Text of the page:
Jesus FUCK grow up will you, kid? Yeah, you're probably older than me, but you're still a kid. Know why? Because you never matured sufficiently to realise that you're never going to get all the people to believe the same thing all of the time, and therefore that compromise is necessary. Because you seem to somehow believe that the implementation of anarchy in the modern age would NOT inevitably result in a tyranny of the best-armed in very short order, and so most of us a are reasonably to accept representative democracy (with all its flaws) instead. Because you spout words like 'freedom' and 'liberty' and 'fighting oppression' and 'principle' and hold them up as bright and shining ideals, without realising that the hundreds of years of thought which underpin these concepts philosophically grew from revulsion about the treatment of actual real people, and that you're utterly losing sight of the reality of actual real people in chasing your wonderfully sparkling principled illusions.

The same guy said that he never voted as a matter of principle. Riiiiight. Here, voting is compulsory, which I reckon is a wonderful idea, because it means that you can't dodge responsibility for participating in democracy. However little effort you put into it, even if you make your decision on election morning based on whichever party's pamphlet you read most recently, you DO have to make a decision and bear the consequences. I've heard people claim that they never vote out of principle because there's nobody that fully represents their views. Well, jeez, poor diddums, let me wipe those tears. Imagine being forced to actually make a decision between a number of less-than-ideal options! It's not like actual real governments have to do that every damn day, is it? Prioritise what's important. Make some judgement calls. Balance idealism against pragmatism. Or (gasp!) run for office or campaign for someone or try to change policy your damn self! Opting out of democracy and into firepower-based law because things aren't going 100% your way at the moment and therefore democracy isn't real democracy is childish on the 'i'm taking my bat and ball and going home' level. The world is an imperfect place. Deal.

Mind you, the same guy said that he considered himself to be in a state of war with the US government (and if you understand how that is even remotely consistent with working in a comic shop and living in a modern, heavily-taxpayer-funded society then you're doing better than I am). But it really begs the question (and [livejournal.com profile] slacktivist recently asked it much better than I'll be able to) - if you really believe that, what the hell are you doing? What aren't you out there, recruiting a militia and shooting at soldiers and attacking infrastructure and otherwise acting in a way which would actually require commitment? If you really believe that the government is so unspeakable and that all congresspeople should be shot, why aren't you doing it? If you are remotely a man of principle or conviction, and if you genuinely believe what you say, your own morality would have long ago demanded that you act, wouldn't it? But instead you work in your comic shop, benefiting from the security derived from contract, business, zoning, and corporate law that the government wrote and enforces, before driving home on the roads the government paid for and which are made usably safe by government-imposed and -enforced road laws, before firing up your computer, connecting to the government-designed internet, and posting on your blog (the software for which wouldn't exist were it not for government IP licensing laws and non-profit organisation regulations) a screed in support of some wacko who shot a politician. Stupid bastard. Undergraduate anarchism and libertarianism is great when you're an undergraduate, but surely once you hit the real world you've got to temper your love of the pretty idea with just the tiniest bit of compassion for the real life breathing eating sleeping bleeding people the idea is meant to benefit?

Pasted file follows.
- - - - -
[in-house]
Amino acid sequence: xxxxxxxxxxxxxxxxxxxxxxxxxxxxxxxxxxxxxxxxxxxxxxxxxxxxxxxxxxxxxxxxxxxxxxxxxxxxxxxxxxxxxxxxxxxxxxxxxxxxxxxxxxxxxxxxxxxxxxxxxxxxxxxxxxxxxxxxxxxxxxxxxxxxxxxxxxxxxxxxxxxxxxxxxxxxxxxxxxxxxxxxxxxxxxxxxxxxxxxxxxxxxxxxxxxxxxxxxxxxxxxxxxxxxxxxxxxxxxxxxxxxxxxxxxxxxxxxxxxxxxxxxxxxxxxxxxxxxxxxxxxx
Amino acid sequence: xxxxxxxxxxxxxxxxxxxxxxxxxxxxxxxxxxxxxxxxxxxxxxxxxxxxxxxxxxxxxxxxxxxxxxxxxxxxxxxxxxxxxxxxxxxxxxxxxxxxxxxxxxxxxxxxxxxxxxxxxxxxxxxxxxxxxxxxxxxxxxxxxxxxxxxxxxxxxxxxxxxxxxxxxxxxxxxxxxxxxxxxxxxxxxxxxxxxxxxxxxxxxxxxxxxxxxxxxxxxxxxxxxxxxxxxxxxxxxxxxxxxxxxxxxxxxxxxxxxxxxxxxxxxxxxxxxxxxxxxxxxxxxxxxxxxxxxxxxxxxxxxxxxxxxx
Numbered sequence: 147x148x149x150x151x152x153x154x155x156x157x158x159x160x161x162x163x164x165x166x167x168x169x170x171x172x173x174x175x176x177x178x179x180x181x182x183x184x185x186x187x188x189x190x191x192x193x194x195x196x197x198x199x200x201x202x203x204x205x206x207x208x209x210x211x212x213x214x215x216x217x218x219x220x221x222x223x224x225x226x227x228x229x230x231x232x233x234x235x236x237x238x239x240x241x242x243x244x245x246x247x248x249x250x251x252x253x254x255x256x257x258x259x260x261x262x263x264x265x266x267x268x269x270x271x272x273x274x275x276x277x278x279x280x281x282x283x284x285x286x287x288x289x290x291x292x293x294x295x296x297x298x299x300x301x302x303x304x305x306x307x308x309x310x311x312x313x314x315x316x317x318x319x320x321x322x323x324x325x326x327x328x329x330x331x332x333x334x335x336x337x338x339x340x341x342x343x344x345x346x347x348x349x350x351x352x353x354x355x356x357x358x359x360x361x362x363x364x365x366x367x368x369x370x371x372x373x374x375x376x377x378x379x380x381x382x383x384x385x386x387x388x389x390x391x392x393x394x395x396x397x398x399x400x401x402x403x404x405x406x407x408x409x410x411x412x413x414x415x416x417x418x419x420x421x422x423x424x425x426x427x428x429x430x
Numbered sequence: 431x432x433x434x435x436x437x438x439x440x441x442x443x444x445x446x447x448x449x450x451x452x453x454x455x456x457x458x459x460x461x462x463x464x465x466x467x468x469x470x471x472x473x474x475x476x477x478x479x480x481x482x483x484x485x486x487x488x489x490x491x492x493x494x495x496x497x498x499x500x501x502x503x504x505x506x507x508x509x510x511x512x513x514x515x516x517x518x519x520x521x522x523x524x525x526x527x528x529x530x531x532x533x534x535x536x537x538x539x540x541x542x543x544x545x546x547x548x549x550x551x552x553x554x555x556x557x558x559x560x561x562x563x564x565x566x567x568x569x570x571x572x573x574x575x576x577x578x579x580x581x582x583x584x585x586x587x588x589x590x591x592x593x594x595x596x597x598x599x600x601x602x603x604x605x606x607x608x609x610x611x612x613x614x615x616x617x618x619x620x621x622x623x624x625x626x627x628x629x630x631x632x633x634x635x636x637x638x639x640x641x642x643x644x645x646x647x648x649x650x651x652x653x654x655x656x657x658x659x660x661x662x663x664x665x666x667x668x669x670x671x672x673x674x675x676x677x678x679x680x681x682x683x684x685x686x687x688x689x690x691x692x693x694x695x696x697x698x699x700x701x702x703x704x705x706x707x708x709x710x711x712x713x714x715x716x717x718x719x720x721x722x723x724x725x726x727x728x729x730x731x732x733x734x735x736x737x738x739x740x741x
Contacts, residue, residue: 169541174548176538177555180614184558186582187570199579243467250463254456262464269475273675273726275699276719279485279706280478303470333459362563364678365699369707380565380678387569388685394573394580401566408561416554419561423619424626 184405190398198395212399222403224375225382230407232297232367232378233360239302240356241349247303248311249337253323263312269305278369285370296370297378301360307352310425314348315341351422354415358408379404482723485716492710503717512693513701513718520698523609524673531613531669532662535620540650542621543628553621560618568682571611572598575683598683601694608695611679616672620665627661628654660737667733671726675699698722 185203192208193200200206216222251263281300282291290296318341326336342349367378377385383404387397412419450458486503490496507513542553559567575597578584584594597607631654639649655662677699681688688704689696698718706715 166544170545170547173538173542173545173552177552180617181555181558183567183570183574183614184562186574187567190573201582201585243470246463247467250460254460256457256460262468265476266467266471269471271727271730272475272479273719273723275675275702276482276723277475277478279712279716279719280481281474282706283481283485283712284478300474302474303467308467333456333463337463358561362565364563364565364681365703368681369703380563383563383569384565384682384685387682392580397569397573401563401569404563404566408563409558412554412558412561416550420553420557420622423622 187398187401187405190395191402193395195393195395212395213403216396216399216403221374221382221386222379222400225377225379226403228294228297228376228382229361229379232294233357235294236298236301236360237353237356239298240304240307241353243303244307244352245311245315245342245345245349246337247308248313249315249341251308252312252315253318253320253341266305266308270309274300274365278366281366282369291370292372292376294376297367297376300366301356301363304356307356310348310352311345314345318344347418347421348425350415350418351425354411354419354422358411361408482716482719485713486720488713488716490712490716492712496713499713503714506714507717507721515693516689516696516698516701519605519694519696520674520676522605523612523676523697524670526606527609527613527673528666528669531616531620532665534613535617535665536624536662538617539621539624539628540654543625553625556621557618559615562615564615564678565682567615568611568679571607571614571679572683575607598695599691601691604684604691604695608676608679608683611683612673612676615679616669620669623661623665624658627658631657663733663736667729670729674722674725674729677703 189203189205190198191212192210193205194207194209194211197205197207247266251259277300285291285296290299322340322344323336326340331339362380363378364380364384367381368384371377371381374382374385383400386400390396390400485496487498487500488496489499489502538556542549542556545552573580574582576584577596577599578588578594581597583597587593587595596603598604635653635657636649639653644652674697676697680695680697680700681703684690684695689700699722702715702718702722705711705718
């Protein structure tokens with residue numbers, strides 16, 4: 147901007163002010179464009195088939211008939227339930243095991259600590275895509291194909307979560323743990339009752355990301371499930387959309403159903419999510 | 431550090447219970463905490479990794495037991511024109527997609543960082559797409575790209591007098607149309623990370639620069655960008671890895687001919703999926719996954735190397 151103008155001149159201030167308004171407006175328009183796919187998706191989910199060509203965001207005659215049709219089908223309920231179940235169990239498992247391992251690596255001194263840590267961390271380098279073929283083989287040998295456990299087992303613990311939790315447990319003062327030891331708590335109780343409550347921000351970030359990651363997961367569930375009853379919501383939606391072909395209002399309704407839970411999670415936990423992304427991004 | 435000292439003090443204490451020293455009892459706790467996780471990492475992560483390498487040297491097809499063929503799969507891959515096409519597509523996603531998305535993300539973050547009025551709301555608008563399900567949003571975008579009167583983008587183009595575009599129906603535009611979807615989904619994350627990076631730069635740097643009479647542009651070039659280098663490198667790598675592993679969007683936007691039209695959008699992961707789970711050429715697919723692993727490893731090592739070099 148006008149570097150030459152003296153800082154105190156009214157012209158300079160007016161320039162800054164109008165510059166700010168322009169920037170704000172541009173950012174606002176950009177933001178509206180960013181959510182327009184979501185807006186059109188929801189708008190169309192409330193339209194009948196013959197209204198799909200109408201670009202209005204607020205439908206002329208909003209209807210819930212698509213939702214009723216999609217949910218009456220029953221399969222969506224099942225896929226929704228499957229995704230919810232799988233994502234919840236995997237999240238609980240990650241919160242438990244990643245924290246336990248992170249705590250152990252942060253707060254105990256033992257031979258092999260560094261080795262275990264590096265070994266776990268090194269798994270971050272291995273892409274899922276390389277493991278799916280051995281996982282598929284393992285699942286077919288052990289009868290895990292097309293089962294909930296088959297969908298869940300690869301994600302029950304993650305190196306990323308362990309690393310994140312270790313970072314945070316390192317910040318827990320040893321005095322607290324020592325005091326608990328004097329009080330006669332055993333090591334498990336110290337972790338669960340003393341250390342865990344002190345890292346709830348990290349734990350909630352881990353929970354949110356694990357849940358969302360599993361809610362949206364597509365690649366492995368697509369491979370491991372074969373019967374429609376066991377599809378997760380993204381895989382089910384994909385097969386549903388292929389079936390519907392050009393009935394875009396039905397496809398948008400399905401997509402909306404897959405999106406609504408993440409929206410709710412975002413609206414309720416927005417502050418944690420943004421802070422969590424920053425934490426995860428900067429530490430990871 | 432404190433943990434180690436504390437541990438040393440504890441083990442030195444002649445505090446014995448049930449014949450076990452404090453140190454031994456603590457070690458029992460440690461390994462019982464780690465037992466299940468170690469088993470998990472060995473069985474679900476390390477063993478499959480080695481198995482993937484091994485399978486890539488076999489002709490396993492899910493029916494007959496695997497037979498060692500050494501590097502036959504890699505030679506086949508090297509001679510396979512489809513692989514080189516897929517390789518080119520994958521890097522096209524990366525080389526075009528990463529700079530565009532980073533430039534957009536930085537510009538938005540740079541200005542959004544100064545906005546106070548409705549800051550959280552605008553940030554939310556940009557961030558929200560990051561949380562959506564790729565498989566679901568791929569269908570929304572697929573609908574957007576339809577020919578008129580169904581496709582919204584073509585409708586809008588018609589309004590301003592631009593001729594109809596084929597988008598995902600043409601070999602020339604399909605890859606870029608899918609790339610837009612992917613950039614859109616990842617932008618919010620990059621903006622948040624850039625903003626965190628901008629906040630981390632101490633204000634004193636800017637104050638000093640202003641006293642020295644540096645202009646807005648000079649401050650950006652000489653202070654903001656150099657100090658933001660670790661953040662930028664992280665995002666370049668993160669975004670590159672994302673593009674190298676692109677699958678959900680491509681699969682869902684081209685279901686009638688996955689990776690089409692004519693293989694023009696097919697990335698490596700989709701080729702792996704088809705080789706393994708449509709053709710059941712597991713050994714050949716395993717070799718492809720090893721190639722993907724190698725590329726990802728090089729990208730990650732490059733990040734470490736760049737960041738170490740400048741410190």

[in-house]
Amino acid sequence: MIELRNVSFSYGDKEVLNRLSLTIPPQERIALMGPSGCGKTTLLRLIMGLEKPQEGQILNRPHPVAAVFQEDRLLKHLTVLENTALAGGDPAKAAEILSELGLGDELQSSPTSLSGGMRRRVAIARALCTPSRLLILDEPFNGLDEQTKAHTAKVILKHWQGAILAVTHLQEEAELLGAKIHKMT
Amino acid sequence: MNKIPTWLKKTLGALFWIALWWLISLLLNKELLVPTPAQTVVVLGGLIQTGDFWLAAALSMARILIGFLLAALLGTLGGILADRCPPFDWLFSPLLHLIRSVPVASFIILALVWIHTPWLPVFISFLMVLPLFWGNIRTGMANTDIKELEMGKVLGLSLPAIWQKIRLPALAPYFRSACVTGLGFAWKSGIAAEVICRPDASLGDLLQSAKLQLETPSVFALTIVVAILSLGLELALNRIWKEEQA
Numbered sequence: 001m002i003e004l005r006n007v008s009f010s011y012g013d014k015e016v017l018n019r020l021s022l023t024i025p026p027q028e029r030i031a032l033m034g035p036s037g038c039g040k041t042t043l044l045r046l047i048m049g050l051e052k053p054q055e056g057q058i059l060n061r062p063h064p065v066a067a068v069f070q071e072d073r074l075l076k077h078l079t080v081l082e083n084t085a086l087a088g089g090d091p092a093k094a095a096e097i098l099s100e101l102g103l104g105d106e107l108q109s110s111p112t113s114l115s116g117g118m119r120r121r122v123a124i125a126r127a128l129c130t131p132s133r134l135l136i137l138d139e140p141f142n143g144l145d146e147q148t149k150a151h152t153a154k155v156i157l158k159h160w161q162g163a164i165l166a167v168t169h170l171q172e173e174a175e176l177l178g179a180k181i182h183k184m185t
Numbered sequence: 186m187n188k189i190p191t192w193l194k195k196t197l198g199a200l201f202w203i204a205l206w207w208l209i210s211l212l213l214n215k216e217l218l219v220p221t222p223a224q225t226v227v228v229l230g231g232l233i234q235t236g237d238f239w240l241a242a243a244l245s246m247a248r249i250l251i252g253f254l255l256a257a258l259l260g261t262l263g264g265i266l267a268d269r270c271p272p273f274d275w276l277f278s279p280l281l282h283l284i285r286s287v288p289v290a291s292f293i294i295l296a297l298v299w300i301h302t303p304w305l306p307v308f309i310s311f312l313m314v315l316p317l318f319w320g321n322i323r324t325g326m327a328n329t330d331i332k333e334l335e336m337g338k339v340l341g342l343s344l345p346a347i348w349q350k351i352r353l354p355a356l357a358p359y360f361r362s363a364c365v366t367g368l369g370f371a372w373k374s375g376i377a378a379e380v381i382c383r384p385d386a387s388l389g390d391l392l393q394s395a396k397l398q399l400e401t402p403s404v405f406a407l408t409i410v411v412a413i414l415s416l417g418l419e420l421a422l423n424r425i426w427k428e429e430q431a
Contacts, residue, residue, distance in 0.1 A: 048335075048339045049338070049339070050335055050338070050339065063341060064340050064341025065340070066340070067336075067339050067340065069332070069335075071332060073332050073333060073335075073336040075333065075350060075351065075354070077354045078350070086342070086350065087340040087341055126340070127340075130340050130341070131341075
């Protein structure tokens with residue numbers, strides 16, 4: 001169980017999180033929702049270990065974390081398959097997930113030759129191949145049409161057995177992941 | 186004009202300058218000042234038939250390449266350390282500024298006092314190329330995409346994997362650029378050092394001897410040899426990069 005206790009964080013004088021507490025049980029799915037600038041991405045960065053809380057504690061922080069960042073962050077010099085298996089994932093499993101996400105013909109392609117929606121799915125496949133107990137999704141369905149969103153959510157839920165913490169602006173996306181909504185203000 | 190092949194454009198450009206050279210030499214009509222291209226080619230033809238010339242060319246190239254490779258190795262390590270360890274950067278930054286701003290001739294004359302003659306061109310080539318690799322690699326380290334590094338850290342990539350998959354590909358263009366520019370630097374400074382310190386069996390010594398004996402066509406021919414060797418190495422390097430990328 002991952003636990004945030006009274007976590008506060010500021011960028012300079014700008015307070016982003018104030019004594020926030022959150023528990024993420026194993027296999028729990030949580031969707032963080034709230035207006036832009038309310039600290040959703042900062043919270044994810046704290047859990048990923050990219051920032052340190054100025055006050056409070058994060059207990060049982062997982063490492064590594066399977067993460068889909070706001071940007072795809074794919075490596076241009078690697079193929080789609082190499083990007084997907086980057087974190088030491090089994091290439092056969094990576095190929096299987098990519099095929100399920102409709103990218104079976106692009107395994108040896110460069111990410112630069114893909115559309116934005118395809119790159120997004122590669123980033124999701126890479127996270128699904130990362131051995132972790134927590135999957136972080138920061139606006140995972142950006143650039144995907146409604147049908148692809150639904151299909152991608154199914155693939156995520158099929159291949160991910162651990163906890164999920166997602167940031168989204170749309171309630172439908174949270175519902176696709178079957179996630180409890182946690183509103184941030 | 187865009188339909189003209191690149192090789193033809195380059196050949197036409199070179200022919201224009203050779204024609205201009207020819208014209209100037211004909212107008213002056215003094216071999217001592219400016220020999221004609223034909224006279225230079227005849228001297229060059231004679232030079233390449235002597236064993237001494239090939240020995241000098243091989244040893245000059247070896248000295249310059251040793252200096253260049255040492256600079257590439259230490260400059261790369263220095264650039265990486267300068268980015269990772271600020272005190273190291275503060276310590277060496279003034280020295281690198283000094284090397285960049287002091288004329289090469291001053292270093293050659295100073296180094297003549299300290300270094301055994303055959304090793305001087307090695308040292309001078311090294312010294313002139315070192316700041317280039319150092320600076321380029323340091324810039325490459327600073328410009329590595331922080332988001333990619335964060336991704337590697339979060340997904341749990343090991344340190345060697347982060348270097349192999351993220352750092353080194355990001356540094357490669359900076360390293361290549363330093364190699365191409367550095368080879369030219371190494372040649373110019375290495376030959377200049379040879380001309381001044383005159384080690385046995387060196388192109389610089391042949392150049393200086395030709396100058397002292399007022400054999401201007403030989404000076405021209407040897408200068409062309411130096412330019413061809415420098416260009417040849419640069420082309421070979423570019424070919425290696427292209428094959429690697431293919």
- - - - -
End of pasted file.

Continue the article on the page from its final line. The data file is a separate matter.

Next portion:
But instead, you'd rather break the world because a few bits of it are a slightly different colour to what you'd prefer, and it's just too damn bad anyone who gets hurt in the meantime.